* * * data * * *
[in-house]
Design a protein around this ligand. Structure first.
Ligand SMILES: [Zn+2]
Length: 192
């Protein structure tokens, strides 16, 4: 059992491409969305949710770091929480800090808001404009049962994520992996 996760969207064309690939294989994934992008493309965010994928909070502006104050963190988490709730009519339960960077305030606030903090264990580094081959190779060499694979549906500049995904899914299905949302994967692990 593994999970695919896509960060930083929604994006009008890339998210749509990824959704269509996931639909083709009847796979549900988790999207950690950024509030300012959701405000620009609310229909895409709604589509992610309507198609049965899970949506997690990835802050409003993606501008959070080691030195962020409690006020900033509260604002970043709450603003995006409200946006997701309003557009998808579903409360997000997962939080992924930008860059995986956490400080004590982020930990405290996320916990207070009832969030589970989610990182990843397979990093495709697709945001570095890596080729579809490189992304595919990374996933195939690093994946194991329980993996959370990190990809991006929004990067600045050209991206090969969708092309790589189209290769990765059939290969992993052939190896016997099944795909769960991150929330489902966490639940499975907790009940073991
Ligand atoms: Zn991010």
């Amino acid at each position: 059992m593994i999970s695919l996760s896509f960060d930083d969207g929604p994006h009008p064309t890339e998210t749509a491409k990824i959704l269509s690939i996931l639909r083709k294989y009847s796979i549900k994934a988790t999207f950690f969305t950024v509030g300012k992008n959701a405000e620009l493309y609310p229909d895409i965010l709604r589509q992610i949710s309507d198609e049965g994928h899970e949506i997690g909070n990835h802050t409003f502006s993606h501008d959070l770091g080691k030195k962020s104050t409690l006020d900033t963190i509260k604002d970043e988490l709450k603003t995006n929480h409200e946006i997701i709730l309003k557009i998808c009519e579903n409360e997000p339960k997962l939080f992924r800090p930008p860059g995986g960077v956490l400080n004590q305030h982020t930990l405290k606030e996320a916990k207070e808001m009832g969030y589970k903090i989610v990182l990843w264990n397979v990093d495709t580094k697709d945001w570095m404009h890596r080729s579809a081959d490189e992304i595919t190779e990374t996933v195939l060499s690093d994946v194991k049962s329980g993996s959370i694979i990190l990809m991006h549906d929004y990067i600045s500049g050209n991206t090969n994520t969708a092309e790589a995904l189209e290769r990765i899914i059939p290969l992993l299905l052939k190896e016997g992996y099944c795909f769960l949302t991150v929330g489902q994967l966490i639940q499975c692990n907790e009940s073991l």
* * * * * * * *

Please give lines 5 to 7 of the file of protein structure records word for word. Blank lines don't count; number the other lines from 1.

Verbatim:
């Protein structure tokens, strides 16, 4: 059992491409969305949710770091929480800090808001404009049962994520992996 996760969207064309690939294989994934992008493309965010994928909070502006104050963190988490709730009519339960960077305030606030903090264990580094081959190779060499694979549906500049995904899914299905949302994967692990 593994999970695919896509960060930083929604994006009008890339998210749509990824959704269509996931639909083709009847796979549900988790999207950690950024509030300012959701405000620009609310229909895409709604589509992610309507198609049965899970949506997690990835802050409003993606501008959070080691030195962020409690006020900033509260604002970043709450603003995006409200946006997701309003557009998808579903409360997000997962939080992924930008860059995986956490400080004590982020930990405290996320916990207070009832969030589970989610990182990843397979990093495709697709945001570095890596080729579809490189992304595919990374996933195939690093994946194991329980993996959370990190990809991006929004990067600045050209991206090969969708092309790589189209290769990765059939290969992993052939190896016997099944795909769960991150929330489902966490639940499975907790009940073991
Ligand atoms: Zn991010």
């Amino acid at each position: 059992m593994i999970s695919l996760s896509f960060d930083d969207g929604p994006h009008p064309t890339e998210t749509a491409k990824i959704l269509s690939i996931l639909r083709k294989y009847s796979i549900k994934a988790t999207f950690f969305t950024v509030g300012k992008n959701a405000e620009l493309y609310p229909d895409i965010l709604r589509q992610i949710s309507d198609e049965g994928h899970e949506i997690g909070n990835h802050t409003f502006s993606h501008d959070l770091g080691k030195k962020s104050t409690l006020d900033t963190i509260k604002d970043e988490l709450k603003t995006n929480h409200e946006i997701i709730l309003k557009i998808c009519e579903n409360e997000p339960k997962l939080f992924r800090p930008p860059g995986g960077v956490l400080n004590q305030h982020t930990l405290k606030e996320a916990k207070e808001m009832g969030y589970k903090i989610v990182l990843w264990n397979v990093d495709t580094k697709d945001w570095m404009h890596r080729s579809a081959d490189e992304i595919t190779e990374t996933v195939l060499s690093d994946v194991k049962s329980g993996s959370i694979i990190l990809m991006h549906d929004y990067i600045s500049g050209n991206t090969n994520t969708a092309e790589a995904l189209e290769r990765i899914i059939p290969l992993l299905l052939k190896e016997g992996y099944c795909f769960l949302t991150v929330g489902q994967l966490i639940q499975c692990n907790e009940s073991l």